If the treaty denies individual claims, it may be illegal and invalid from the standpoint of today’s global human rights law.
This problem highlights the differences between Japan and South Korea regarding the relationship between the state and its people.
Japan insists that issues are resolved once a treaty is signed and the Japanese people always obey its government’s decisions.
On the other hand, if South Korea’s government forges a treaty that does not reflect the people’s will, South Koreans will strongly demand a revision.
For example, in 2008, then-President Lee Myung-bak agreed to a South Korea-U.S. free trade agreement that would have liberalized imports of American beef. South Koreans then held large-scale candlelight protests to prevent the agreement from taking effect.
To make up for the deficiencies of the basic treaty, Japan must recognize the individual’s rights from a humanitarian perspective.
South Korea is trying to protect human rights and human security. Japan, on the other hand, wants to defend outdated international laws that may have been effective during the Cold War but have now become an obsolete form of imperialism that only defends the rights of powerful countries. The international community won’t support Japan, which retaliated economically against South Korea, a country that respects international human rights law.
The second reason why Japan set out to regulate its trade is its frustration from being excluded from the Korean Peninsula peace process.
At the end of June, Prime Minister Shinzo Abe failed to achieve any landmark goals at the G20 summit in Osaka. By contrast, South Korean President Moon Jae-in later had a trilateral meeting with the U.S. and North Korea.
Abe maintains his power by exploiting the “North Korea threat.” Peace on the peninsula was something that was annoying for Abe before the House of Councilors election on July 21. He therefore sought to rally conservative votes through economic retaliation against South Korea.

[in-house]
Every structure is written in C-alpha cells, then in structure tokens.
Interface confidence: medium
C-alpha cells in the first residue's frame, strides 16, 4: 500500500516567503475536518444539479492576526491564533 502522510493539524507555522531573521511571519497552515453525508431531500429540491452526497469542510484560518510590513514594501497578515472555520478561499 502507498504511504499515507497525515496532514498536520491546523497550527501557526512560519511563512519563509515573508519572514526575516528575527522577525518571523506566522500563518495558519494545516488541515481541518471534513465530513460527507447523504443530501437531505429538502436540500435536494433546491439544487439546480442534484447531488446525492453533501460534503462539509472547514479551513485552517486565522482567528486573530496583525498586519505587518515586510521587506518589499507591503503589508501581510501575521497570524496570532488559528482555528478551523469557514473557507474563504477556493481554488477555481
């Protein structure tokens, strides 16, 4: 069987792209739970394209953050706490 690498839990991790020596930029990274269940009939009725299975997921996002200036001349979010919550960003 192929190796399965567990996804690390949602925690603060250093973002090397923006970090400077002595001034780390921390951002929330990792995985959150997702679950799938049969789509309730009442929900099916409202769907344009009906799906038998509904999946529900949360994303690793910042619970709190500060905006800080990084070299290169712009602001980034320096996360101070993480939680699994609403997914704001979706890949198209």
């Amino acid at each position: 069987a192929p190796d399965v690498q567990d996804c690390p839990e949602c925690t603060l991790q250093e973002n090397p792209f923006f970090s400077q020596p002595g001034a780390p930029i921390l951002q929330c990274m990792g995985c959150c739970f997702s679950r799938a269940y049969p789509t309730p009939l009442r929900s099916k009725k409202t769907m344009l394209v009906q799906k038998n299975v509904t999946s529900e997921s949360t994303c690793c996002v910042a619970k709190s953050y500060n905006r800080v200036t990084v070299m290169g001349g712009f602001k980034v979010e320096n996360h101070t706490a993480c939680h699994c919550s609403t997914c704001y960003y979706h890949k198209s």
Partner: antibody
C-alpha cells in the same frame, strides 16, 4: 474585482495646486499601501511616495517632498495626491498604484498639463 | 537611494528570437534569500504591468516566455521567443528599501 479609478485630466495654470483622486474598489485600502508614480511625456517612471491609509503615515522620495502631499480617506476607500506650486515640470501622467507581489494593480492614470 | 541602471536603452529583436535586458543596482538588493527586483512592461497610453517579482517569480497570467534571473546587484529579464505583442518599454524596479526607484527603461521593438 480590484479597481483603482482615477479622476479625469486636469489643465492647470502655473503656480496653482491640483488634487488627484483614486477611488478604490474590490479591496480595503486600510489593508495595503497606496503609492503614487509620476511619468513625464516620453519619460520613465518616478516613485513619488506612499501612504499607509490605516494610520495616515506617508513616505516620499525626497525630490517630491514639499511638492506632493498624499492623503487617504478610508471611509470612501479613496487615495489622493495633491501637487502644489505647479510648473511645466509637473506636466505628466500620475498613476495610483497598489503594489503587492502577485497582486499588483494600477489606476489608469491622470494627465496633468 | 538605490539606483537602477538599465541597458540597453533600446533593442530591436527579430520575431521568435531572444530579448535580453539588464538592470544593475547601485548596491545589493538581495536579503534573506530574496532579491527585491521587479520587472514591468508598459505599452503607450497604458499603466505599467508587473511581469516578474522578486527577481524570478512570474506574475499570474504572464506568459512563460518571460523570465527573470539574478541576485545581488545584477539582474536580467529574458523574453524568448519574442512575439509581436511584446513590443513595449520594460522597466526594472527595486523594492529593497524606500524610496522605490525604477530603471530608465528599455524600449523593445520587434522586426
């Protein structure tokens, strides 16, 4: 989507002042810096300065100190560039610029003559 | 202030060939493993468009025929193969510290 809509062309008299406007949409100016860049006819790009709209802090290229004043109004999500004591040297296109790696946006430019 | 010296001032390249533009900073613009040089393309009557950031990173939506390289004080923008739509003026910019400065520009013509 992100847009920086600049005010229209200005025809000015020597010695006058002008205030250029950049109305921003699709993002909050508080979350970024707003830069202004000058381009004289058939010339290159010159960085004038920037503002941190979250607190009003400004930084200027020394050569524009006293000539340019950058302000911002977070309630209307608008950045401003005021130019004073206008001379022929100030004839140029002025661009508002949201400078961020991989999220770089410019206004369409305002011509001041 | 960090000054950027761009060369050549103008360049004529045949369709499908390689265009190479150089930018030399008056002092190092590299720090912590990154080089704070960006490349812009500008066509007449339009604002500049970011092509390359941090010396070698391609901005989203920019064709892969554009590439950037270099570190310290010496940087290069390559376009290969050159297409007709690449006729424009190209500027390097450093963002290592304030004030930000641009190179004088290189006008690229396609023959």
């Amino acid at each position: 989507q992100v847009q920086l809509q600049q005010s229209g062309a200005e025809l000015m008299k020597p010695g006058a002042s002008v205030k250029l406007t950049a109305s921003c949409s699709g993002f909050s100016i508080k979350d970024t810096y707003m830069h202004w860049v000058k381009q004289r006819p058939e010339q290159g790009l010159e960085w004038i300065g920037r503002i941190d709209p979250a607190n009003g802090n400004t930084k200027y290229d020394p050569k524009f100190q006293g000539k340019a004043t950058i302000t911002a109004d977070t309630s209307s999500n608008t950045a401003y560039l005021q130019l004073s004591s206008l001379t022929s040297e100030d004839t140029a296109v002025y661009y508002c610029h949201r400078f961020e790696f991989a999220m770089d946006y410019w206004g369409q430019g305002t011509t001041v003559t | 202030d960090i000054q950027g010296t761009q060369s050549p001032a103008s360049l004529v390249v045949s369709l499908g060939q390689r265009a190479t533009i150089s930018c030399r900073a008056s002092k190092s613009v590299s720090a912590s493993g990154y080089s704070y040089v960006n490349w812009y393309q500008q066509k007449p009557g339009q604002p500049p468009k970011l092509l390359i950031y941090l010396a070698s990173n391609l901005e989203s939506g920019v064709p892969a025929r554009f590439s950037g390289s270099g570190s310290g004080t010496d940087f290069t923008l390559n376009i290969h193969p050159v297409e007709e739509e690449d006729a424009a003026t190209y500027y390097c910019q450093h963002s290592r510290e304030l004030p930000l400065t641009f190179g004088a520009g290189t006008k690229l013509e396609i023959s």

Finally, the third reason for Japan’s provocation of South Korea stems from Abe’s desire to amend the Constitution. In the election, maintaining a two-thirds supermajority in the House of Councilors was necessary for Abe’s ruling coalition to begin a motion for constitutional amendment.
He failed, but is still keen to change the top law. That’s why Abe is targeting South Korea as a foil for gathering conservatives, including from opposition parties.
As for Moon, he doesn’t have an anti-Japan policy. In fact, he hadn’t even placed any priority on Japan.
What Moon wanted to do was to put the domestic economy and the Korean peace process first and solve the wartime labor issue only through civil cases.
But then came Abe’s assault, and public opinion has united to take a tougher line against Tokyo, and conservatives are afraid to be called “pro-imperialist Japan.”
Abe and Moon, and their clashing political views, will be unable to improve the relationship between Japan and South Korea. The only option for the two governments is to manage the situation so it doesn’t get any worse.
Lee Young-chae is a professor at Keisen University specializing in peace studies.